At this point, after Part 1 and Part 2, if you have experienced help on hand, or you are willing to study the issues for yourself, you really don't need any more help from me. What follows are simply my personal suggestions which should allow you to get from here to there the quickest way possible.
That said, there is just one more issue to consider before we start the installation: Do you want to keep Windows? If your hard drive is big enough, chances are the installer software will offer to let you keep your Windows installation and let it live on its own space. That way, you can always run Windows if you really need it. It shouldn't hurt anything to keep it, but if you do, make sure you run Windows Defrag first.
Installation notes: As you follow the steps through the installation process, most of the time you can accept simply what is offered. There are a couple of places where you probably should not do that, or you might be puzzled by something, and this is what we will cover here. I refer you again to the visual walk-through we looked at previously.
Partition: Linux typically needs a place on your hard drive to store all the data, and another space for swapping. When you get to the partition screen, chances are good you can simply reveiw what is offered and accept it. Change it only if you've studied the issues invovled.
Network: On the screen which has “Network Devices” at the top, what you do depends on how you access the Internet. If it's a dialup modem which Linux knows how to use, you'll be offered the standard blocks to fill in; this is probably one of the places where you might face a little trouble, but your particular brand of modem is something you should have researched already. Still, it could fail and the installer won't see it. If so, I recommend you stop here, abort the installation, and contact someone who knows Linux and modems to help you out. Unfortunately, it may require you get a different modem.
For those of you using DSL, cable, or most other types of networking via an ethernet port, there is little you'll need to worry about. If you know you have to set some information here, have it on hand before you start. You might check with your Internet Service Provider (ISP), but many of them won't help you. Most of the time, just accept the default answers and keep going.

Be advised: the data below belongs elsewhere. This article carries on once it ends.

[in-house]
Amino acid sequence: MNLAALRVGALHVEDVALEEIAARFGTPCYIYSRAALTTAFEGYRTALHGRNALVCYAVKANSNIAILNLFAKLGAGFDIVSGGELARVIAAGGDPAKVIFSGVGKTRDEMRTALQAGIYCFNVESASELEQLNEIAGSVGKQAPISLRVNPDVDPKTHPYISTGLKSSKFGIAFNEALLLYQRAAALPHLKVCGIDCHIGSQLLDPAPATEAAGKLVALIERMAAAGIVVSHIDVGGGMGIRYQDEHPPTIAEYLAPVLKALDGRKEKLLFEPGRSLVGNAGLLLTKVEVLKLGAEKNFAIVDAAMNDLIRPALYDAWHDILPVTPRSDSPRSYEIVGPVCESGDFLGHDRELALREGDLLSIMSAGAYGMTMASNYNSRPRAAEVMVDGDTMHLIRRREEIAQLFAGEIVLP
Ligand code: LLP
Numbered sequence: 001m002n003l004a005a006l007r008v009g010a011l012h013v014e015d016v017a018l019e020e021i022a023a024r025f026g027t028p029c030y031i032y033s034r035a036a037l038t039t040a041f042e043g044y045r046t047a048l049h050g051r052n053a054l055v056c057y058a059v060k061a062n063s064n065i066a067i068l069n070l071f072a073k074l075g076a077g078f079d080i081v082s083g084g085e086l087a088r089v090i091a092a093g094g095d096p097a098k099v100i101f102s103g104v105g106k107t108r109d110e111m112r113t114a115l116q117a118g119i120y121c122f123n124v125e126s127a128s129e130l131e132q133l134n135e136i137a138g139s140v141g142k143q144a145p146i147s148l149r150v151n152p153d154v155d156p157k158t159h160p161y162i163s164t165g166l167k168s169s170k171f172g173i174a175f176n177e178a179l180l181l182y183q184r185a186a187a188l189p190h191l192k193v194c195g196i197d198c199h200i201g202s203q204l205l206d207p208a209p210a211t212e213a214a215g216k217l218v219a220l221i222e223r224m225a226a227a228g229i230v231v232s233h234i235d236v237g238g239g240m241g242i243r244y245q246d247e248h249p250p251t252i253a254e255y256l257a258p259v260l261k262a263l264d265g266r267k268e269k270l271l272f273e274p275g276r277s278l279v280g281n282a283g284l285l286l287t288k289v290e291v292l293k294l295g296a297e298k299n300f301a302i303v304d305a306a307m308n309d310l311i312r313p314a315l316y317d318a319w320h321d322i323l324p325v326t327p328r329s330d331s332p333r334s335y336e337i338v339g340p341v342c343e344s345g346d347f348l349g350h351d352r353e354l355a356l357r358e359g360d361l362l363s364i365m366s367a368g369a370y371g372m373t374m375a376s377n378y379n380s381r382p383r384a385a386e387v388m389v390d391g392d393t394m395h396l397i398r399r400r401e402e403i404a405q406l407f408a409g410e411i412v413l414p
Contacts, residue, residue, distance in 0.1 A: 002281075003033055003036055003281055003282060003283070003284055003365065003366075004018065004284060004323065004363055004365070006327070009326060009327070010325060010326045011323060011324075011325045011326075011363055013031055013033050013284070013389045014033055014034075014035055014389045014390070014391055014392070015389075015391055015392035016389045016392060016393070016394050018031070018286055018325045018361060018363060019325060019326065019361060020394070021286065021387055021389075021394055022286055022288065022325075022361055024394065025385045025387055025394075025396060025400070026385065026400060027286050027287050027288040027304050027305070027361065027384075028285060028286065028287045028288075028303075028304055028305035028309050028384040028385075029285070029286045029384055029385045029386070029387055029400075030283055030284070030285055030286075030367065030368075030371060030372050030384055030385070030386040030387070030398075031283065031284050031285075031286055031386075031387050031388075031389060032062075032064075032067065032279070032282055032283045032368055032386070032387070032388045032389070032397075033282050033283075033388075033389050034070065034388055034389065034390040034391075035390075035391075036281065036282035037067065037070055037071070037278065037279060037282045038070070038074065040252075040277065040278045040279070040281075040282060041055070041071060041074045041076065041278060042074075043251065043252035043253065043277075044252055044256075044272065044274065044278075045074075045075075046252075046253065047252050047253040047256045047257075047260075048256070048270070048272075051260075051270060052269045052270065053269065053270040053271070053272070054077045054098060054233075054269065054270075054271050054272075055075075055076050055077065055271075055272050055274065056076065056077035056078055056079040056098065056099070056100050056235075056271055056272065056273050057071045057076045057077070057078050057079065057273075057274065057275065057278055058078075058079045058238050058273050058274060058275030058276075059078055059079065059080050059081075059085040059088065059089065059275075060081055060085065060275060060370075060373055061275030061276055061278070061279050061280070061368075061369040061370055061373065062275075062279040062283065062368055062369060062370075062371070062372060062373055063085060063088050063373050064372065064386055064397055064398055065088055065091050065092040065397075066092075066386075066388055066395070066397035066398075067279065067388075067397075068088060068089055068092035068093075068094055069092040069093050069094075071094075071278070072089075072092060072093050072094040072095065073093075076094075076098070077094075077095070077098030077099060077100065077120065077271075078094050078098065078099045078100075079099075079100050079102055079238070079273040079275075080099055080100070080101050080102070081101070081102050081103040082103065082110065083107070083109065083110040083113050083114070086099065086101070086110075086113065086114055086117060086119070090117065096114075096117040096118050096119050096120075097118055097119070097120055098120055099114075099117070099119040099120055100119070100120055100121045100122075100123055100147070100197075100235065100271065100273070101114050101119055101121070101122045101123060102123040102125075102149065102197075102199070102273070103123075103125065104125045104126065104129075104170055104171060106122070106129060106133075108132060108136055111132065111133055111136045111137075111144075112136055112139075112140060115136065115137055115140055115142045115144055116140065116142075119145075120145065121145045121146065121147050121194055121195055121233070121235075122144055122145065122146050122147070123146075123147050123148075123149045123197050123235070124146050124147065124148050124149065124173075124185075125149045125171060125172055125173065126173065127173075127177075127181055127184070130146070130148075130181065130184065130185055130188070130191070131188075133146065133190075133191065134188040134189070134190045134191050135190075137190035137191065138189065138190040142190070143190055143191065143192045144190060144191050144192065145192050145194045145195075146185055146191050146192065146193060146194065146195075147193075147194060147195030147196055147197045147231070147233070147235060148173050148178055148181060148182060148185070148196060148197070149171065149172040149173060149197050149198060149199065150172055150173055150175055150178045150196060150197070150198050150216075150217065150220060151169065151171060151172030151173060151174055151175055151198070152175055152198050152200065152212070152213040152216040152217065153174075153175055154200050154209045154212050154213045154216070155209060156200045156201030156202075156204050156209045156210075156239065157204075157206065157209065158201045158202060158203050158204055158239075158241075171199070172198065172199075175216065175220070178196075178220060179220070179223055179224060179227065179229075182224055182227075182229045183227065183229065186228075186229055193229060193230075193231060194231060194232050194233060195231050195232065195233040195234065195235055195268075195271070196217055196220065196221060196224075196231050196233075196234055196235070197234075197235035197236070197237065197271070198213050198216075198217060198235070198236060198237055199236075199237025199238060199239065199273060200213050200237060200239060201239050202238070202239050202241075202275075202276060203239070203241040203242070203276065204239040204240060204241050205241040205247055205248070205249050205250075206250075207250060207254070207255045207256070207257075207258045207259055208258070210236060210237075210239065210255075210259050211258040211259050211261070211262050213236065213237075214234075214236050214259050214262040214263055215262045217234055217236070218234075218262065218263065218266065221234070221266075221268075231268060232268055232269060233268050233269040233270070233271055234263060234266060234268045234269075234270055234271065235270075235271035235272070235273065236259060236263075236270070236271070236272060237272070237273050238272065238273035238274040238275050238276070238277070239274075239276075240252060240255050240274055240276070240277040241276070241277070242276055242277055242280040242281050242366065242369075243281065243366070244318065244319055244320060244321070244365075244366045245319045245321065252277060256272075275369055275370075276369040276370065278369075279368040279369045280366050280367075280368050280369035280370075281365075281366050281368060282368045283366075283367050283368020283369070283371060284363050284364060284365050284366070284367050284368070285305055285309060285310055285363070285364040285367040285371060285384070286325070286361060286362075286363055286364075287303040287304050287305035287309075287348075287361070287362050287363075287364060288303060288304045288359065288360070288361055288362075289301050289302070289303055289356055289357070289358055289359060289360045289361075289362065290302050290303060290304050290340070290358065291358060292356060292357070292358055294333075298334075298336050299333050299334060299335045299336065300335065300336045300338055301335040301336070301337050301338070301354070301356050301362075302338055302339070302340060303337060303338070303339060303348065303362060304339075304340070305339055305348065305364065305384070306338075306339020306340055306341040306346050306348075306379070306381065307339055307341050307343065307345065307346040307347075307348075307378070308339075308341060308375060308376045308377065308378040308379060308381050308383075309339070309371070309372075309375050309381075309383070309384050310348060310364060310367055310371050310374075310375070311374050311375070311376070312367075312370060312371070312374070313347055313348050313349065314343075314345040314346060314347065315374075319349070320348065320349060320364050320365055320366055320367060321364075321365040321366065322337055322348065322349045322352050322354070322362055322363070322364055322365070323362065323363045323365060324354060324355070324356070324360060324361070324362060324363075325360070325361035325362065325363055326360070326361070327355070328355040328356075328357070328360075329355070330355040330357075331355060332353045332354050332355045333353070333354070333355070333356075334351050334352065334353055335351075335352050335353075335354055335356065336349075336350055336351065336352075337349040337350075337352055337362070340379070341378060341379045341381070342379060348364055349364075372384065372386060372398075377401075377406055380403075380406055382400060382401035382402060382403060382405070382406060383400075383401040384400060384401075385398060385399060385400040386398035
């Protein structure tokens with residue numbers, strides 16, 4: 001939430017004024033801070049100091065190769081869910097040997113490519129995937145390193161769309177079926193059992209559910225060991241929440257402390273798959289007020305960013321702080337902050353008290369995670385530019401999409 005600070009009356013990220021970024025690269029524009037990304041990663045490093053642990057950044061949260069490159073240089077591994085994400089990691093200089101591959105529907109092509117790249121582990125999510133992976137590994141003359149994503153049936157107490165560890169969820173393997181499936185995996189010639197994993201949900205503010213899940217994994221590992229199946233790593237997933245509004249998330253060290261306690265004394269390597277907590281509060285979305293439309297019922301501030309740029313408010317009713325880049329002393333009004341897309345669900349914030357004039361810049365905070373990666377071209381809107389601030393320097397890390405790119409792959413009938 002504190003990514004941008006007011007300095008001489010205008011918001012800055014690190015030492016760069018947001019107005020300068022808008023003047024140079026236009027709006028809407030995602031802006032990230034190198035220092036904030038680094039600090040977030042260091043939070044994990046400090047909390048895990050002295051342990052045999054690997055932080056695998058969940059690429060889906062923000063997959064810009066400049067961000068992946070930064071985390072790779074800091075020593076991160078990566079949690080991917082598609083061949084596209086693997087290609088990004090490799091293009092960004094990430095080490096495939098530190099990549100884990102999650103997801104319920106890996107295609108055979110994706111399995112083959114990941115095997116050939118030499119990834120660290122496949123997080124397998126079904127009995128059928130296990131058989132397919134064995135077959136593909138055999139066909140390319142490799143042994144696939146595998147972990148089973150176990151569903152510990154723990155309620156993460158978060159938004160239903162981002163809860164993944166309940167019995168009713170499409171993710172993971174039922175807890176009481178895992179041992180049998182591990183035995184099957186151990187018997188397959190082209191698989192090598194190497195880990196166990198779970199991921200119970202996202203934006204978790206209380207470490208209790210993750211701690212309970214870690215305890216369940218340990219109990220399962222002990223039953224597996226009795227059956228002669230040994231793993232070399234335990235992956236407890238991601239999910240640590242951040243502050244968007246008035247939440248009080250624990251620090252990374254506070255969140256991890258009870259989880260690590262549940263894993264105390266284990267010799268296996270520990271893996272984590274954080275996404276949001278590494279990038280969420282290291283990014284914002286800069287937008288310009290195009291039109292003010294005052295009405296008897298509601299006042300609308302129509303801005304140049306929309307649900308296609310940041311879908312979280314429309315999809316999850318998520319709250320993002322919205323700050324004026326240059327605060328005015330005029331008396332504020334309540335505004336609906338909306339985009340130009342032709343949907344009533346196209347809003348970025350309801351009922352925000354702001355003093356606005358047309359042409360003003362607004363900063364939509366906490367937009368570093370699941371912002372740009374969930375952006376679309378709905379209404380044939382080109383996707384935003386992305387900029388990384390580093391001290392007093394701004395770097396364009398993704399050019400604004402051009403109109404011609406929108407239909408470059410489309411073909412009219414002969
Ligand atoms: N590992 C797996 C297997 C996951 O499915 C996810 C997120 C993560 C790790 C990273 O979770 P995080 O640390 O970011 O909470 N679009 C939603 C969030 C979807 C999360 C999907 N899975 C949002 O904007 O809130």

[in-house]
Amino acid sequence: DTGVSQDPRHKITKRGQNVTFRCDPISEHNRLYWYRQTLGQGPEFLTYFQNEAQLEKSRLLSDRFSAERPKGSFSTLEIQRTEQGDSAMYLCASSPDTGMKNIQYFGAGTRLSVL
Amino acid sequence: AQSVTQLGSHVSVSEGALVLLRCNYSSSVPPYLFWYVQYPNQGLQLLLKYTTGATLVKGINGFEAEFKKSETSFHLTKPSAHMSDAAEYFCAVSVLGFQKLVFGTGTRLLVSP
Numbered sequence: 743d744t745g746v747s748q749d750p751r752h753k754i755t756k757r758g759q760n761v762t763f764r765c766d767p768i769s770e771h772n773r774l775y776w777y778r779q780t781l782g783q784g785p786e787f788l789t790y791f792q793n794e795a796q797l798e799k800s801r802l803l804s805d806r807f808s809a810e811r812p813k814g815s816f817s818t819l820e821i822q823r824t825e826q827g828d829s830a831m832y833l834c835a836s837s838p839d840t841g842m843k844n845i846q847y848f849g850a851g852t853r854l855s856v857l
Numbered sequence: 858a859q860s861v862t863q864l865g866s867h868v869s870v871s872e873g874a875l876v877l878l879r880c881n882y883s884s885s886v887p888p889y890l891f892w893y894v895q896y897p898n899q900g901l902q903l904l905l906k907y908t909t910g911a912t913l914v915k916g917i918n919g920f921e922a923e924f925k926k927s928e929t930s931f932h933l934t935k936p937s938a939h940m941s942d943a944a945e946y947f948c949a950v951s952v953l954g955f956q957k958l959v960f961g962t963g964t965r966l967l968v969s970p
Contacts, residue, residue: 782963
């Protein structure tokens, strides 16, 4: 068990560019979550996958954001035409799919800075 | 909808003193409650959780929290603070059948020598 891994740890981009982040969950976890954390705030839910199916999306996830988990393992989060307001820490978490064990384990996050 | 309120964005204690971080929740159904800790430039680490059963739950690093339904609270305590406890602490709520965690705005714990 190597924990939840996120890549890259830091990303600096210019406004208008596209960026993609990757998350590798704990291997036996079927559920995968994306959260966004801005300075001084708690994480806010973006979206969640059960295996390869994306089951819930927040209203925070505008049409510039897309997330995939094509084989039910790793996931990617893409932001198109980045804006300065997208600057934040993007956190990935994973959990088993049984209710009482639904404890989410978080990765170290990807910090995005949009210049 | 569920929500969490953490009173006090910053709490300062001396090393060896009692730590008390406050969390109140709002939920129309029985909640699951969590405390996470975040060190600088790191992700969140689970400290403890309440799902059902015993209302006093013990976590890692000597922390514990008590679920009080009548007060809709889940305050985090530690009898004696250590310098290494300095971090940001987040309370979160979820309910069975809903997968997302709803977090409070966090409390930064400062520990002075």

Timezone: Linux does this a little differently. Make sure to un-check the box which says “System clock uses UTC” unless you know for sure you do use it. For timezone, at least in the US, you choose the nearest city from the list in your time zone:
For those few places in the US which don't follow that pattern, you'll probably recognize which name on the list matches your zone.
Root password: This is the same thing as “superuser,” the master of the computer. By now you should understand there is virtually no reason at all you'll spend much time logged in as root. You'll need the password to make administrative changes to the system, but otherwise always run as a user. You will set up that account later.
Software sets: The next screen will offer you several options as “desktop.” Just accept “Desktop Gnome” and click the box for “Packages from CentOS Extra”. It will pop up a window asking to confirm your network settings, simply because a lot of businesses install stuff on a computer located in one place, them move that machine to another place with different settings. This should not apply to you, so just click “OK”.
Desktop Environment: Just accept the default GNOME and keep going.
After a couple more screens, it will begin the actual installation and you can take a break. It won't need your attention for a while, until it's time to reboot. At that point, everything is on the hard drive, and there's some more set up and configuration to do, but it has to be done while running Linux. Reboot, and watch the pretty colors.
Firewall: Unselect everything, unless you know why you need to keep something on that list.
SELinux: Select “Disabled” — you just don't need this. It will complain by popping up a box to tell you it has to “relabel” the system. That will come later, and you don't need to do anything special.
Date and Time: After you set the first page, click the second tab marked “Network Time Protocol.” Unless you are on dialup, this is handy to have working. Just click the box “Enable Network Time Protocol” and accept the defaults.
Create User: This is your day-to-day user account. For the block marked “Username” this is typically a 2-4 letter nickname or abbreviation. It's no secret mine is my initials,
jeh. Type twice the password you created earlier and move on.
Sound Card: If the installer finds one it recognizes, it will allow you to test it here. If not, you may need some help getting things to work. On occasion it will find it, but can't make any sound. Most sound cards or chipsets are discussed on the Net somewhere under Linux.
You probably don't have any additional CDs, so just reboot when you get to that screen. If you kept your Windows system and installed CentOS beside it, early in the boot process you'll get a list indicating you can select Windows or CentOS. Unless there is a compelling reason, make sure it's on CentOS, then hit ENTER. After that, you'll eventually end up at the login screen. What happens next will be our next episode. Feel free to login and look things over. Find the icon for the web browser; surf the Net a little. Welcome to Linux.
Ed Hurst is Associate Editor of Open for Business.